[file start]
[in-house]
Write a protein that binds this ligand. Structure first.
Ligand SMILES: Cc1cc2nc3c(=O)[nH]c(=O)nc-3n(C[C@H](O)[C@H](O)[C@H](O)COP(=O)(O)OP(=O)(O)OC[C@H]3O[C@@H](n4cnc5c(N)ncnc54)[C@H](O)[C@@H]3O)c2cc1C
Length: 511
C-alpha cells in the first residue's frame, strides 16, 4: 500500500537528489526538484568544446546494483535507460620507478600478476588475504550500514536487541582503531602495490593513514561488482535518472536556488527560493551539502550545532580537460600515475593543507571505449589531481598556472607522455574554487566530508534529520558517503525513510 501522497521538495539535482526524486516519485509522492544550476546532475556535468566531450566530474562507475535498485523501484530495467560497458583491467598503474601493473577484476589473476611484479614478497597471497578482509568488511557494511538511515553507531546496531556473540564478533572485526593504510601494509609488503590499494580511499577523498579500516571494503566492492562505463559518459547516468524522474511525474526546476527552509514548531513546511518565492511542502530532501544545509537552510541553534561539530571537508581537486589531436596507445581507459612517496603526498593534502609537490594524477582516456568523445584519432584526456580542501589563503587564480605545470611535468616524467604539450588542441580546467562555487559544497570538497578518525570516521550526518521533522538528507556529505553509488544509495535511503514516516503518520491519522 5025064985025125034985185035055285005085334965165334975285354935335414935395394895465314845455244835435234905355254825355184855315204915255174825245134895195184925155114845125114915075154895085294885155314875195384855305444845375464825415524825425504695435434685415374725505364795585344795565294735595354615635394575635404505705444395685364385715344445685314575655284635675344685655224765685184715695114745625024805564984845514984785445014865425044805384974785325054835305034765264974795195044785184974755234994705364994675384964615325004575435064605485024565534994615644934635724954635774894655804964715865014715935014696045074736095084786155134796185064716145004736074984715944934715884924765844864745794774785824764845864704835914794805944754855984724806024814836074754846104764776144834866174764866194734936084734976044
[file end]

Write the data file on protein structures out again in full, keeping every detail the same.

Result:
[in-house]
Write a protein that binds this ligand. Structure first.
Ligand SMILES: Cc1cc2nc3c(=O)[nH]c(=O)nc-3n(C[C@H](O)[C@H](O)[C@H](O)COP(=O)(O)OP(=O)(O)OC[C@H]3O[C@@H](n4cnc5c(N)ncnc54)[C@H](O)[C@@H]3O)c2cc1C
Length: 511
C-alpha cells in the first residue's frame, strides 16, 4: 500500500537528489526538484568544446546494483535507460620507478600478476588475504550500514536487541582503531602495490593513514561488482535518472536556488527560493551539502550545532580537460600515475593543507571505449589531481598556472607522455574554487566530508534529520558517503525513510 501522497521538495539535482526524486516519485509522492544550476546532475556535468566531450566530474562507475535498485523501484530495467560497458583491467598503474601493473577484476589473476611484479614478497597471497578482509568488511557494511538511515553507531546496531556473540564478533572485526593504510601494509609488503590499494580511499577523498579500516571494503566492492562505463559518459547516468524522474511525474526546476527552509514548531513546511518565492511542502530532501544545509537552510541553534561539530571537508581537486589531436596507445581507459612517496603526498593534502609537490594524477582516456568523445584519432584526456580542501589563503587564480605545470611535468616524467604539450588542441580546467562555487559544497570538497578518525570516521550526518521533522538528507556529505553509488544509495535511503514516516503518520491519522 5025064985025125034985185035055285005085334965165334975285354935335414935395394895465314845455244835435234905355254825355184855315204915255174825245134895195184925155114845125114915075154895085294885155314875195384855305444845375464825415524825425504695435434685415374725505364795585344795565294735595354615635394575635404505705444395685364385715344445685314575655284635675344685655224765685184715695114745625024805564984845514984785445014865425044805384974785325054835305034765264974795195044785184974755234994705364994675384964615325004575435064605485024565534994615644934635724954635774894655804964715865014715935014696045074736095084786155134796185064716145004736074984715944934715884924765844864745794774785824764845864704835914794805944754855984724806024814836074754846104764776144834866174764866194734936084734976044